Based on Bernard Madoff’s own estimation, he lost approximately $50 billion of investor funds. Every since this disclosure, the biggest questions are where did the money go and how much of the $50 billion remains.
Bloomberg is reporting that Madoff To Reveal Assets by year end.
Investors looking to recoup some of the $50 billion they lost in Bernard Madoff’s alleged Ponzi scheme may get a better idea what the New York financial adviser has left when he is forced to reveal his assets to regulators.
Madoff, 70, must provide a detailed list of all investments, loans, lines of credit, business interests, brokerage accounts and other holdings to the Securities and Exchange Commission by New Year’s Eve, a federal judge ruled. Madoff’s foreign business units were given until Jan. 26 to provide a similar accounting.
A catalog of Madoff’s assets may reveal targets for angry investors including hedge funds and charities seeking the return of their funds.
This is a curious report. Why would a federal judge ask Madoff to provide an accounting? The SEC states that his records are in disarray and in any event, totally unreliable. Is it to be expected that a man who lived by deception and lies for two decades is going to present an accurate report? Where is the SEC, are they still not interested in this man’s operations? It would obviously make more sense for an outside regulatory agency to produce a report on Madoff’s assets.
Nonetheless, regardless of who produces the report, I would not expect the Madoff funds to show very much in the way of assets due to the magic of compounded interest. Consider the following scenario. If Madoff had $2 billion in assets under management assets 20 years ago, the amount of this initial investment, compounded at 12% for 20 years would now be approximately $9.6 billion. If Madoff took in another half billion per year over the next 20 years, to date that amount compounded at 12% would now be worth around $40.4 billion. With other factors disregarded and a total principal investment of $11 billion, the investors’ account statements would now show $50 billion of assets.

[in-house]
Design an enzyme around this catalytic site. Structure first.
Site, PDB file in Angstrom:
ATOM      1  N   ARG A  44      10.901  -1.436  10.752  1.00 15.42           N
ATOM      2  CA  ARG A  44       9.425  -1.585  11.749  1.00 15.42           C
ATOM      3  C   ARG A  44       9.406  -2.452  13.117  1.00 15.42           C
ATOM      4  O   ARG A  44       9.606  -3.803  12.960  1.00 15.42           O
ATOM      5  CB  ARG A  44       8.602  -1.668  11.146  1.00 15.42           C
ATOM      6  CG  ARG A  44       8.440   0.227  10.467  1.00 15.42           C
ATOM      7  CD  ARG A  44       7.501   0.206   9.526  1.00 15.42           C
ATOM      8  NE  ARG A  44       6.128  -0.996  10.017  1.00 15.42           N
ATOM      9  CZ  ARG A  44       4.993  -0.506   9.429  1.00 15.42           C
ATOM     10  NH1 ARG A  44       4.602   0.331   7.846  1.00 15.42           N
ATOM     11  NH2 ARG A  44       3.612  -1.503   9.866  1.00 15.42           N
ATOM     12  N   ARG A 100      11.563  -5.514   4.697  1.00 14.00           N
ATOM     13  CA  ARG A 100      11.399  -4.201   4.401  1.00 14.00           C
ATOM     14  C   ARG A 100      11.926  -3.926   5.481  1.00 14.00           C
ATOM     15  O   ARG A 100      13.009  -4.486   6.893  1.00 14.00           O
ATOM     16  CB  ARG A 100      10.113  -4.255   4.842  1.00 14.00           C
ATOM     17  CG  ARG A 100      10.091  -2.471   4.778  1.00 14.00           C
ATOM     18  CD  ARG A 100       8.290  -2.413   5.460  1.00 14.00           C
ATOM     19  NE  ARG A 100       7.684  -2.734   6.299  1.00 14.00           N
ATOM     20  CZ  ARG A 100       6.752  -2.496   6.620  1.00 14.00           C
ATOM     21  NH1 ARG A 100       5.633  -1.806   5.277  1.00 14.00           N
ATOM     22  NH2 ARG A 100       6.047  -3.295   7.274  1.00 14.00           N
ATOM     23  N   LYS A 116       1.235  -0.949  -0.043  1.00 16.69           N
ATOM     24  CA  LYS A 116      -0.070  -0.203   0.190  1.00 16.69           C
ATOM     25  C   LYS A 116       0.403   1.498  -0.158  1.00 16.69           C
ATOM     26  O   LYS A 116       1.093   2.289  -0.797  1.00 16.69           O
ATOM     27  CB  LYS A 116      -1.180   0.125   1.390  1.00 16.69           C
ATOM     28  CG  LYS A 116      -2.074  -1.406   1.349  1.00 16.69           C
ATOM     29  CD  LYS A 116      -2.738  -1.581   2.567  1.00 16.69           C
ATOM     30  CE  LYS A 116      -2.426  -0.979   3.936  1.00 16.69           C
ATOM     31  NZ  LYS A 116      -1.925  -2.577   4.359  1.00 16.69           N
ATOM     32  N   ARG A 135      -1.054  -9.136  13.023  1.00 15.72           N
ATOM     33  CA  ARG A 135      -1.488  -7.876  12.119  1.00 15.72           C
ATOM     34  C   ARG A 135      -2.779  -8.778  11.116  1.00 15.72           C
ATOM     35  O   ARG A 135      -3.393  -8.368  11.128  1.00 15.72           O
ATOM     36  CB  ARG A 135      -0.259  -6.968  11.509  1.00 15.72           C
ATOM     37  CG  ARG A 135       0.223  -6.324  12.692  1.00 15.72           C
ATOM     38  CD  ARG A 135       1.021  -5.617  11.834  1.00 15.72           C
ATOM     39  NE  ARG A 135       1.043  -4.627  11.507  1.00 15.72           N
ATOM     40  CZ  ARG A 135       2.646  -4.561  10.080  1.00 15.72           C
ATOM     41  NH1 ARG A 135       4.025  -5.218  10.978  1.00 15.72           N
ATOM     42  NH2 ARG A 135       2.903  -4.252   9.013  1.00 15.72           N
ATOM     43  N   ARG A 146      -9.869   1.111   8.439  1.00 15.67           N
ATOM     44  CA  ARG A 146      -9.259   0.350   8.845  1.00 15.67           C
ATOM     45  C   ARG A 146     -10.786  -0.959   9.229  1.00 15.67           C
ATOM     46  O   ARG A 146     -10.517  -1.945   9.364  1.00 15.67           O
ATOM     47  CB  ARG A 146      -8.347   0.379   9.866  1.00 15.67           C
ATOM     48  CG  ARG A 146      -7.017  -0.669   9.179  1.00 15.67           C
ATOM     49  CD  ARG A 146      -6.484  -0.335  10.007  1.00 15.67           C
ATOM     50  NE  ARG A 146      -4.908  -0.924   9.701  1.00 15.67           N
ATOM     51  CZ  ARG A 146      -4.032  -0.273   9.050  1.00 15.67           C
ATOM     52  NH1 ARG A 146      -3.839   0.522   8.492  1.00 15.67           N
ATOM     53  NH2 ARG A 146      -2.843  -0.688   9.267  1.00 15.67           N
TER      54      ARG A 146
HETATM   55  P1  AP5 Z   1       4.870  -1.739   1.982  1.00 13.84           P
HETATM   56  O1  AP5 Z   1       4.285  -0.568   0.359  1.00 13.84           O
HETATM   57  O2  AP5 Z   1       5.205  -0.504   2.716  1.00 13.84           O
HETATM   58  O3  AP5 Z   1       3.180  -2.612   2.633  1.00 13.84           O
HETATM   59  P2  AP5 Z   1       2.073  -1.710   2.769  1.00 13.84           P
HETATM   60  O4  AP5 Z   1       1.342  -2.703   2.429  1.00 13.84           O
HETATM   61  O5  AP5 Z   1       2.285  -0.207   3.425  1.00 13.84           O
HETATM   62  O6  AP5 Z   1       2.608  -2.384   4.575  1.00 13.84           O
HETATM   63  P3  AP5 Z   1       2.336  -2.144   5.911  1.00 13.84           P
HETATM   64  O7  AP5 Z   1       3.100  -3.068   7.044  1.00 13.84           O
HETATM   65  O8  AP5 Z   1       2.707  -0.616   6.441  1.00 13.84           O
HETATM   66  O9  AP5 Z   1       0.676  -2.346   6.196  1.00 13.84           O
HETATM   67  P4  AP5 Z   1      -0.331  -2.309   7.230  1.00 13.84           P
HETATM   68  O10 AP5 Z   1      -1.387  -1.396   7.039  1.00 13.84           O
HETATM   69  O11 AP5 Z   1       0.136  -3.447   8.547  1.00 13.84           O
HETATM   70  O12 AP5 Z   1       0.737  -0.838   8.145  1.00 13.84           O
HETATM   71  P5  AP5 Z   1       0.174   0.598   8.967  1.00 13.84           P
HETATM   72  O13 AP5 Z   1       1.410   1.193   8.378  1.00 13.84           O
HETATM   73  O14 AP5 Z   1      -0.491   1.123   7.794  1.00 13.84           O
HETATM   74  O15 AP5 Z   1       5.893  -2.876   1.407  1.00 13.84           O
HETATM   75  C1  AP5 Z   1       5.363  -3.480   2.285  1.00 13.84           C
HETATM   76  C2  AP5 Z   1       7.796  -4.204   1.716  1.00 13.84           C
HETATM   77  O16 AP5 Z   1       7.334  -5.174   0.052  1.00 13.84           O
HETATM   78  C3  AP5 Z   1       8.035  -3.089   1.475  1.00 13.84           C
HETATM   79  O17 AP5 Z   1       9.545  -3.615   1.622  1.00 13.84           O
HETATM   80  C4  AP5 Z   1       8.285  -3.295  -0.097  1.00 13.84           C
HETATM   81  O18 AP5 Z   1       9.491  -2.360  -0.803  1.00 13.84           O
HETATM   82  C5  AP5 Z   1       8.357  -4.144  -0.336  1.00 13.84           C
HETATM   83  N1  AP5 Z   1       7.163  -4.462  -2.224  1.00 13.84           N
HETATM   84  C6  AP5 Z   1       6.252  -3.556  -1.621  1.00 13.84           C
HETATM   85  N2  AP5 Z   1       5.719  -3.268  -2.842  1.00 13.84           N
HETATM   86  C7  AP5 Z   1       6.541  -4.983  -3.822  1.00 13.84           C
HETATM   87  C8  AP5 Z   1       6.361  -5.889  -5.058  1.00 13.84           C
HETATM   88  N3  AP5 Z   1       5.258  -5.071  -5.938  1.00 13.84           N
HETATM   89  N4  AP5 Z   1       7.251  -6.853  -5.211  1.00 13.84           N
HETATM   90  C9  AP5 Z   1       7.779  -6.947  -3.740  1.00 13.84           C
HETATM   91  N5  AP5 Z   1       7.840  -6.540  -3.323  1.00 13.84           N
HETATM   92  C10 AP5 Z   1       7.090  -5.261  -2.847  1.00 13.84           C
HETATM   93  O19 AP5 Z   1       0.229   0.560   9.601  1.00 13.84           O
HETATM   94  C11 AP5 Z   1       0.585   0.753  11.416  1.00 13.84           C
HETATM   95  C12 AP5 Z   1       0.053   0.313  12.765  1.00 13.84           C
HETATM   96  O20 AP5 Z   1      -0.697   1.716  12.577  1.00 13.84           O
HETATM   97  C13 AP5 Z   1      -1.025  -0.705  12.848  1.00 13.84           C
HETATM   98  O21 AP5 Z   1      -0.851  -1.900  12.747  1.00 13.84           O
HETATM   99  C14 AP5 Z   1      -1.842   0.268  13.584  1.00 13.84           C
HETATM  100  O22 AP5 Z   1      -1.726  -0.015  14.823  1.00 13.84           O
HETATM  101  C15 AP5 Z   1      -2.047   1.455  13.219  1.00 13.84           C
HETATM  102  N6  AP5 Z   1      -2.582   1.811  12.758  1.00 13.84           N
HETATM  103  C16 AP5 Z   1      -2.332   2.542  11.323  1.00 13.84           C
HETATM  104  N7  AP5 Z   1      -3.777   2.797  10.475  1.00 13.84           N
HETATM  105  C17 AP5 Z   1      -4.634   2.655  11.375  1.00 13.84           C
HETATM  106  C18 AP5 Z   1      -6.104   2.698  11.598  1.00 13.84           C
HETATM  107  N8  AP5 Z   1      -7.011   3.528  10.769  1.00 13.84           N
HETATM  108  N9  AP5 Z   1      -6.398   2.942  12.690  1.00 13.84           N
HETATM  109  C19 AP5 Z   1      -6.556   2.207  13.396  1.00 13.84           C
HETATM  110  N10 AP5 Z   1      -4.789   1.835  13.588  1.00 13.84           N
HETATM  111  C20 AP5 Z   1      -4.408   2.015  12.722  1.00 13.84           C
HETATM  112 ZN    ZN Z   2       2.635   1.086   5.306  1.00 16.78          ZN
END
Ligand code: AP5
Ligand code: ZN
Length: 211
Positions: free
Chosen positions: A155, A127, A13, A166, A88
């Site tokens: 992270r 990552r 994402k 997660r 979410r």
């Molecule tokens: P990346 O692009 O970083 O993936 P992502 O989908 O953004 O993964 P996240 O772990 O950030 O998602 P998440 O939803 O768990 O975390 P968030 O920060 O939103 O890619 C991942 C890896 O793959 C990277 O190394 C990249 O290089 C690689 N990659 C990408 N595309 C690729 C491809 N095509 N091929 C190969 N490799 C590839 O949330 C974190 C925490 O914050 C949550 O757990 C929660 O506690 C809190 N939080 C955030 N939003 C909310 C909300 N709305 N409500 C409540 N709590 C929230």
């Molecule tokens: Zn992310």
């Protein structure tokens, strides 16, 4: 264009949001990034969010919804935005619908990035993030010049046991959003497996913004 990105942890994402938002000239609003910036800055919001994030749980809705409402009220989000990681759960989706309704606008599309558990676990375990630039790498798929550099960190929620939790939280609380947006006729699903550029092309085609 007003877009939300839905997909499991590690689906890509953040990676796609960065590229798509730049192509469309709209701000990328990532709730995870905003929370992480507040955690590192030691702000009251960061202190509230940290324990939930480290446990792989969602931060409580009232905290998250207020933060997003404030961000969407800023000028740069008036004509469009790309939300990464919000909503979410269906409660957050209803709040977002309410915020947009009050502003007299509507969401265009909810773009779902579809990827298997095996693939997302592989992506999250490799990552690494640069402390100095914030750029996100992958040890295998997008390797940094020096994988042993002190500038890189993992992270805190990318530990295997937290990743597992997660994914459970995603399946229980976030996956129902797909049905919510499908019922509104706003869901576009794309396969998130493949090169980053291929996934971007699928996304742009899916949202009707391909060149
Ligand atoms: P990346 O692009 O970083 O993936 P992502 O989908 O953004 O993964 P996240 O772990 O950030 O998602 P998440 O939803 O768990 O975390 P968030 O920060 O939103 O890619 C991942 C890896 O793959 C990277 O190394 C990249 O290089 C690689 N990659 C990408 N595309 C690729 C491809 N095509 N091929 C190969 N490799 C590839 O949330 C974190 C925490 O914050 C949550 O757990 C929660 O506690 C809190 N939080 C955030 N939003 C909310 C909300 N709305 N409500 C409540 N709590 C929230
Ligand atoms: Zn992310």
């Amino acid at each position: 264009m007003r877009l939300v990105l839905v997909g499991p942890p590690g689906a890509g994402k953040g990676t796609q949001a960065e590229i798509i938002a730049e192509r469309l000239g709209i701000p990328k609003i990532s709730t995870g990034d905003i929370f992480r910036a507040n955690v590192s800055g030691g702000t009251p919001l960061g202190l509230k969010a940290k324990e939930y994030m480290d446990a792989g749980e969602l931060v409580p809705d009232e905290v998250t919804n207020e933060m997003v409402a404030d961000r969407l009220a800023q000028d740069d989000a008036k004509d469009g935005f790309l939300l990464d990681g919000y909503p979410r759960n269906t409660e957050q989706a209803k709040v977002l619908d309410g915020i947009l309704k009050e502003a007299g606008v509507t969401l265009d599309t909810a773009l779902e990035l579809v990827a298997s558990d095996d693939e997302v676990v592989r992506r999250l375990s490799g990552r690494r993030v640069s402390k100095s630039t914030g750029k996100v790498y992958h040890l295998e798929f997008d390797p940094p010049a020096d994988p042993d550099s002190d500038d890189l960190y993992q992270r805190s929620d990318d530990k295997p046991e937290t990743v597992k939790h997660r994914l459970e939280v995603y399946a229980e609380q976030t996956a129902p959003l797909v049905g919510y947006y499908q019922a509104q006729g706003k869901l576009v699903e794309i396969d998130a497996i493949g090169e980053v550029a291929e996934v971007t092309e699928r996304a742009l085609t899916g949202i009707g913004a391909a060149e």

We know that Madoff was not generating magical returns of 12% per year over 20 years, so the phantom gains of $39 billion in this example probably never existed. In addition, withdrawals, huge fee payments to feeder hedge funds and losses on investments probably consumed much of the original principal invested. A classic Ponzi scheme collapses when the amounts needed to be paid out cannot be covered by new investment monies, which seems to be the case here.
Madoff probably did not start his fund with the objective of becoming a Ponzi scheme. He was probably drawn into it slowly as his warped ego would not let him admit to the world that he was not an investment genius. Failure to cover previous losses or outperform the market going forward never allowed him to stop the deception once it started. Indifference by regulators allowed the deception to continue.
Madoff’s $50 billion never really existed except on customer account statements. Defrauded investors will now find this out come December 31st.